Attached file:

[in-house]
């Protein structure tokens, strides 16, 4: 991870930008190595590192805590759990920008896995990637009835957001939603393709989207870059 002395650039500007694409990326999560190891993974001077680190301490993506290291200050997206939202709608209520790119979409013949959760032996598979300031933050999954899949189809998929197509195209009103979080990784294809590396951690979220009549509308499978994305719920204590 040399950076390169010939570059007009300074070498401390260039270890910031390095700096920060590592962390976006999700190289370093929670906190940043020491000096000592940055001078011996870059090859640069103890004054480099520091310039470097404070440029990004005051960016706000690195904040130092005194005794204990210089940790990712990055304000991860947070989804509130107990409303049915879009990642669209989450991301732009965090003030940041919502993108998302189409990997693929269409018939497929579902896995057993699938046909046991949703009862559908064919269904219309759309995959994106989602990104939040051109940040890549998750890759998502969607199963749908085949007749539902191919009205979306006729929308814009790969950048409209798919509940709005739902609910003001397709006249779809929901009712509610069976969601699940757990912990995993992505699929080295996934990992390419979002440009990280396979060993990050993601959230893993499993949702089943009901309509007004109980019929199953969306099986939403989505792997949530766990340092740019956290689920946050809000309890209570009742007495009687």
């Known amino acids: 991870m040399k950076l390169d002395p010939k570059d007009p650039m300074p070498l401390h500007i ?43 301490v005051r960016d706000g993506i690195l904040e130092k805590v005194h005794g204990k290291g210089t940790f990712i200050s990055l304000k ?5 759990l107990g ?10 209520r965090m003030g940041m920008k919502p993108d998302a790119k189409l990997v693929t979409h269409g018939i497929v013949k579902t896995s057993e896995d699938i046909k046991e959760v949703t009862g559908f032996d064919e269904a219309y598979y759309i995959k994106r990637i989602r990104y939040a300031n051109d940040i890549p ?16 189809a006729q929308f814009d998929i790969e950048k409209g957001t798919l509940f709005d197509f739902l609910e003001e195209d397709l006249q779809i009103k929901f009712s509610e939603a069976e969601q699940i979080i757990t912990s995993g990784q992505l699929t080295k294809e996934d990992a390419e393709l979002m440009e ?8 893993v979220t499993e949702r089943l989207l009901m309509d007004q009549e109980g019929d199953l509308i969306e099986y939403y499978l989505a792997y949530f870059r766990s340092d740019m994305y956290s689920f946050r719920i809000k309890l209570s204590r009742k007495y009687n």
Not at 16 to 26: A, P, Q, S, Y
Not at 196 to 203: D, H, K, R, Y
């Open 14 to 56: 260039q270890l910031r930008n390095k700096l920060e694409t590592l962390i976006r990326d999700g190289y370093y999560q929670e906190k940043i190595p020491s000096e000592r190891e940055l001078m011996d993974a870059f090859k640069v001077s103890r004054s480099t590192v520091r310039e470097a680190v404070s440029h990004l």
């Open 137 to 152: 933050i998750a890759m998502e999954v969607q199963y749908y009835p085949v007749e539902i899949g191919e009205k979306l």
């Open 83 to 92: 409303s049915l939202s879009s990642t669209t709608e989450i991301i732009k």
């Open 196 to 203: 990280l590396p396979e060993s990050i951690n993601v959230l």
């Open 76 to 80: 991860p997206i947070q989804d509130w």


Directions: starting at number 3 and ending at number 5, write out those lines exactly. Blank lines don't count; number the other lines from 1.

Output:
């Known amino acids: 991870m040399k950076l390169d002395p010939k570059d007009p650039m300074p070498l401390h500007i ?43 301490v005051r960016d706000g993506i690195l904040e130092k805590v005194h005794g204990k290291g210089t940790f990712i200050s990055l304000k ?5 759990l107990g ?10 209520r965090m003030g940041m920008k919502p993108d998302a790119k189409l990997v693929t979409h269409g018939i497929v013949k579902t896995s057993e896995d699938i046909k046991e959760v949703t009862g559908f032996d064919e269904a219309y598979y759309i995959k994106r990637i989602r990104y939040a300031n051109d940040i890549p ?16 189809a006729q929308f814009d998929i790969e950048k409209g957001t798919l509940f709005d197509f739902l609910e003001e195209d397709l006249q779809i009103k929901f009712s509610e939603a069976e969601q699940i979080i757990t912990s995993g990784q992505l699929t080295k294809e996934d990992a390419e393709l979002m440009e ?8 893993v979220t499993e949702r089943l989207l009901m309509d007004q009549e109980g019929d199953l509308i969306e099986y939403y499978l989505a792997y949530f870059r766990s340092d740019m994305y956290s689920f946050r719920i809000k309890l209570s204590r009742k007495y009687n």
Not at 16 to 26: A, P, Q, S, Y
Not at 196 to 203: D, H, K, R, Y